May 26th, 2017 News of the Day: Sergey Brin builds secretive airship, Trump blasts German carmakers
【Summary】Car News of the Day for May 26th, 2017.
Google co-founder building the world's largest aircraft
Google co-founder Sergey Brin is reportedly financing a project in Silicon Valley to construct a giant high-tech airship, according to The Guardian. The massive aircraft is being constructed in a hangar on NASA airfield "far from the eyes of the public".
An insider source of the media said the airship will likely be 640 feet long, which is the largest in the world. And it will use a system of internal gas bladders to control its buoyancy, "allowing it to off-load almost anywhere in the world".
Sergey Brin hopes the airship will be able to deliver supplies and food on humanitarian missions to remote locations. Meanwhile, it will also serve as a luxury intercontinental plane for the billionaire's friends and family. The project is estimated to at $100 million to $150 million.
Trump blasts German automakers and vows to stop their car sales in U.S.
US President Donald Trump condemned German car sales in the U.S. during a meeting with European officials in Brussels on Thursday, according to German publication Der Spiegel.
"The Germans are bad, very bad," Trump said in the closed-door meeting, citing unidentified attendees according to the media. "Look at the millions of cars that they sell in the U.S. Terrible. We're going to stop that."
Later Trump's top economic advisor Gary Cohn clarified that Trump is referring to Germany's high trade surplus with U.S. rather than critiquing the country. Earlier in January, he threatened BMW with a 35 percent import duty for foreign-built cars sold in U.S.
Today. The German auto industry hit back regarding to Trump's criticism, insisting that it had created more than 100,000 jobs in the US, which would be endangered by trade restrictions.
California DMV investigates Uber's self-driving truck unit
California regulators will inspect Uber's autonomous truck headquarters in San Francisco to determine if the company tested driverless trucks on public road without permission. A spokesperson at the California Department of Motor Vehicles tells Forbes that DMV and Highway Patrol will stop by to "see the capabilities of Otto's trucks in person."
Uber spokesperson replied by explaining that trucks testing in California only use driver assist technology. "This technology is the essential foundation upon which autonomous technologies are built, but is not autonomous in itself."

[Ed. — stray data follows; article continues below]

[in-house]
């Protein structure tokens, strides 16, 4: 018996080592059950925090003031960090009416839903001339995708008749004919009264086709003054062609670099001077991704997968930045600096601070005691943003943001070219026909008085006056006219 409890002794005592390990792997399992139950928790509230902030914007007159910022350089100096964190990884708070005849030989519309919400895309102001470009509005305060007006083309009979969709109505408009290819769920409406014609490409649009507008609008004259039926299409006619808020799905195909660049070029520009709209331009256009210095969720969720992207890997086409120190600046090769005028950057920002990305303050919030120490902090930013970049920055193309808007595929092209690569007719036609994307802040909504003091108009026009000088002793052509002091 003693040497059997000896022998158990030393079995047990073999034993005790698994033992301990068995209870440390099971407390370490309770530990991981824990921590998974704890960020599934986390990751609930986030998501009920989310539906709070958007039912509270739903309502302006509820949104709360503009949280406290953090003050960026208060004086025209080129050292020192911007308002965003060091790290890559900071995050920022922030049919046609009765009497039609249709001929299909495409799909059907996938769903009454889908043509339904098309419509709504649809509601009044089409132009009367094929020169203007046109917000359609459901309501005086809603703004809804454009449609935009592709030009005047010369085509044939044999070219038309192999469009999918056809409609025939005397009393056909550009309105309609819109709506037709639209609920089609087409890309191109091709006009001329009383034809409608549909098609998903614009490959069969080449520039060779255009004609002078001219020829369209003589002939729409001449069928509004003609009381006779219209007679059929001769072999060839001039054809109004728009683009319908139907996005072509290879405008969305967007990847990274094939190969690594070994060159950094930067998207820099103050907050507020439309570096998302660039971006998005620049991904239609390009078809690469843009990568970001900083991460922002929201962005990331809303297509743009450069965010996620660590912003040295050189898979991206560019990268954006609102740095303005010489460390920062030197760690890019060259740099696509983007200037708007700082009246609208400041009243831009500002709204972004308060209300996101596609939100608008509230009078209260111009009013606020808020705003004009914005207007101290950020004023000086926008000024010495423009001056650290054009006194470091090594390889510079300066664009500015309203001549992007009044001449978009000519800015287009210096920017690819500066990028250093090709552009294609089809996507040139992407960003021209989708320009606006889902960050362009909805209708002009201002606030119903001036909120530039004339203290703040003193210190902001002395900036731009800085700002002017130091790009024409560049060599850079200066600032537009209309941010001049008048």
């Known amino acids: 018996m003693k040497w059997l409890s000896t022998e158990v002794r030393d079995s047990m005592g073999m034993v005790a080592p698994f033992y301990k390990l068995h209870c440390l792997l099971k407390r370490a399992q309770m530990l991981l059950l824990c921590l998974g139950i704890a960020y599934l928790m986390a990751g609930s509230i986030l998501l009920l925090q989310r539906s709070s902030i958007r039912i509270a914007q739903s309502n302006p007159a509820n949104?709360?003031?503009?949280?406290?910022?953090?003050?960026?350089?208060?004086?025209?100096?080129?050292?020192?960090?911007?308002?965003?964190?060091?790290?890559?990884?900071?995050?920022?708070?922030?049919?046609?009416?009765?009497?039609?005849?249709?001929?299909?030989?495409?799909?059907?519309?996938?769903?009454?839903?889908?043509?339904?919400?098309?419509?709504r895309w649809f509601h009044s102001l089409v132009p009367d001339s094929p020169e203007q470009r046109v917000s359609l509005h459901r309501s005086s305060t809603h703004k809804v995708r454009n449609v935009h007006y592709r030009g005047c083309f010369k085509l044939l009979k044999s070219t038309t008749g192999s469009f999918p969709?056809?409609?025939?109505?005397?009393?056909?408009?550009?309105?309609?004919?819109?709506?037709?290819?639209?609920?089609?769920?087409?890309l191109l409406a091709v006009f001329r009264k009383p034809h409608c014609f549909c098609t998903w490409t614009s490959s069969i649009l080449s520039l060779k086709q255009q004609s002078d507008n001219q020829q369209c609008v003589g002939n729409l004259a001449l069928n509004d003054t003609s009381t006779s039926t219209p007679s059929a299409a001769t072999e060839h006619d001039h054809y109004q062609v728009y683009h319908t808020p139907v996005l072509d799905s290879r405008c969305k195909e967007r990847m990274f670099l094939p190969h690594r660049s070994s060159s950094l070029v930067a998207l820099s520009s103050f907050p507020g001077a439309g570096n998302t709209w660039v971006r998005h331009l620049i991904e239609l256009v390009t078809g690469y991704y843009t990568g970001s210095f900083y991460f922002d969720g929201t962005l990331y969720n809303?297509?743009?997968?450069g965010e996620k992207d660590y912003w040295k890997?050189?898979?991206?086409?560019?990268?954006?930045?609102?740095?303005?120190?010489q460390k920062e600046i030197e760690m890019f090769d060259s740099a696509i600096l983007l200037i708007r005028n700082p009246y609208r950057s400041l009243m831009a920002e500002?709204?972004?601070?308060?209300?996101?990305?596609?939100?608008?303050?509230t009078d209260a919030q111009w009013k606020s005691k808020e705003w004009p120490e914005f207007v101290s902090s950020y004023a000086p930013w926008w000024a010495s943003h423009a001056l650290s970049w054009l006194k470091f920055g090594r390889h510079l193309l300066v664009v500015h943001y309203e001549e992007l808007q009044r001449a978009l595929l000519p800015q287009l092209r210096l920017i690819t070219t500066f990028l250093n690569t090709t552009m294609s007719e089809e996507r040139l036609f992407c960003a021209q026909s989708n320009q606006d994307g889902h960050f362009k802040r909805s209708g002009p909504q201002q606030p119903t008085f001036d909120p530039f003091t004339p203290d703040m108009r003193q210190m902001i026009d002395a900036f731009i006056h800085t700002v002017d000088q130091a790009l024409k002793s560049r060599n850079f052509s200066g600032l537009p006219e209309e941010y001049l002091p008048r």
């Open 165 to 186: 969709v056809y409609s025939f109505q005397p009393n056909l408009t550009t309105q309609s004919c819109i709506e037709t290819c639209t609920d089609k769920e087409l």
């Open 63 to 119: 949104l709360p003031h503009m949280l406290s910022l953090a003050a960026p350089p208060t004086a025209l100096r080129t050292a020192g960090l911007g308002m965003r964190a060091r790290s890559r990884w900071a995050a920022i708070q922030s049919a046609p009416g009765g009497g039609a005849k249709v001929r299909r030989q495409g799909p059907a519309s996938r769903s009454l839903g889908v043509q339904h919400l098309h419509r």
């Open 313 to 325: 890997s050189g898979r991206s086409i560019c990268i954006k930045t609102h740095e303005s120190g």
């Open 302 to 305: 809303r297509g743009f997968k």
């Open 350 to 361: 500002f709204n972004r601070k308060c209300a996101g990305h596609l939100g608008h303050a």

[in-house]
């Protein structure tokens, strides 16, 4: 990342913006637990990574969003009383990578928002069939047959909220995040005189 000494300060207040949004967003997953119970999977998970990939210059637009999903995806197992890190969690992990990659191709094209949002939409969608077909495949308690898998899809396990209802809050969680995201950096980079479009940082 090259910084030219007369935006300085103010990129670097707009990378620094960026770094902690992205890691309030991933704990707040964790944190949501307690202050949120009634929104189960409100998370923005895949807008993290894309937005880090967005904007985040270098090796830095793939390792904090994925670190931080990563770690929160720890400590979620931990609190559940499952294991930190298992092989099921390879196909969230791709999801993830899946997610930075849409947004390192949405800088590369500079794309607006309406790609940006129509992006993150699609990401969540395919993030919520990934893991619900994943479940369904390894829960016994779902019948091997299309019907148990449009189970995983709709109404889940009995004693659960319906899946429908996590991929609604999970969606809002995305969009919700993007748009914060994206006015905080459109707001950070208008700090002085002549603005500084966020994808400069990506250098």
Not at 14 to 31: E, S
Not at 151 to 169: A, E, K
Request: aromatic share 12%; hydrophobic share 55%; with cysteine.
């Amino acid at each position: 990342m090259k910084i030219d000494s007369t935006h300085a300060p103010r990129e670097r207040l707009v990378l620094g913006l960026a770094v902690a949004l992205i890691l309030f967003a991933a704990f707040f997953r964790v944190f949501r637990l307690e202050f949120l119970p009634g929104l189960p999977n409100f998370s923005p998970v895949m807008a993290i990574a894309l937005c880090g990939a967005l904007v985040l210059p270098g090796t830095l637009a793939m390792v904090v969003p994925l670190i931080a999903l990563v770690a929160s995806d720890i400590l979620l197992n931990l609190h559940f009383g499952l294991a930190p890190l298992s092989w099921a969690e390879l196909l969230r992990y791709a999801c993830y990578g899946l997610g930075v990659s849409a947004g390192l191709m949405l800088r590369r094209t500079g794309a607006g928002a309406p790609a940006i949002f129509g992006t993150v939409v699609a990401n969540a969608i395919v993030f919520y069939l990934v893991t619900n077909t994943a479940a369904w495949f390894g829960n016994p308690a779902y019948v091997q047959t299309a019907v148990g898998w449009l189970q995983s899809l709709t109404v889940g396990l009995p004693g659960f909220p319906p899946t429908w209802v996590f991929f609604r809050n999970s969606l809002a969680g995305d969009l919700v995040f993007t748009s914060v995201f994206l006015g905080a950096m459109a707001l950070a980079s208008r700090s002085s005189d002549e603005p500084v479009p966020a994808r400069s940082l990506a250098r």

Months ago, Uber was found testing its driverless vehicles in San Francisco without the necessary permits. As a result, the California DMV quickly revoked the registrations of the entire fleet.
Aston Martin returns to profit after strong Q1 result
After a decade, luxury car maker Aston Martin finally posted its first-ever quarterly profit, with the DB11 car model playing an important role in the British manufacturer's success.
The company's Q1 revenues more than doubled, from 92.6 million to 188 million pounds driven by the strong demand for DB11, which helped increase its sales by 75%, to more than 1200 vehicles.
The profit before tax is 5.9 million pounds, compared with last year's losses 29.7 million pounds.
Aston Martin's CEO Andy Palmer mentioned the company is delivering a "Second Century" transformation program and will introduce new car models including the the Vantage and Vanquish. The company is owned mainly by Kuwaiti and Italian investors, and expects its annual sales to rise by more than 30% based on the 3,687 units it sold in 2016.
Lyft and Uber resume services in Austin this week
Since pausing their operations in Austin, Texas in 2016, Lyft and Uber finally get "ok" from the government regarding regulation issues. Originally Austin regulators imposed rules that both companies complained were overly restrictive to running their businesses, such as requiring fingerprint-based background checks for drivers, and barring pick-ups and drop-offs in lanes on certain roads within the cities.
Now State Governor Greg Abbot has signed the new bill that overrules local regulations regarding ride-hailing services into law on Monday, the same day Uber and Lyft resumed services in the city. The bill HB100 essentially lifts the previous rules required by Austin municipal regulators, removes the fingerprint requirements, but asks that the ride-hailing companies to get a permit from the Texas state licensing body, which will have an annual operations fee.
Claire Peng has over 6 years of professional experience in the media industry, covering TV, newspaper and online media. She was once a reporter and producer for Fairchild Television based in Toronto Canada, and worked as an English news reporter for the Global Times in Beijing. She writes mainly about self-driving, companies investment, and the enterprise lab.
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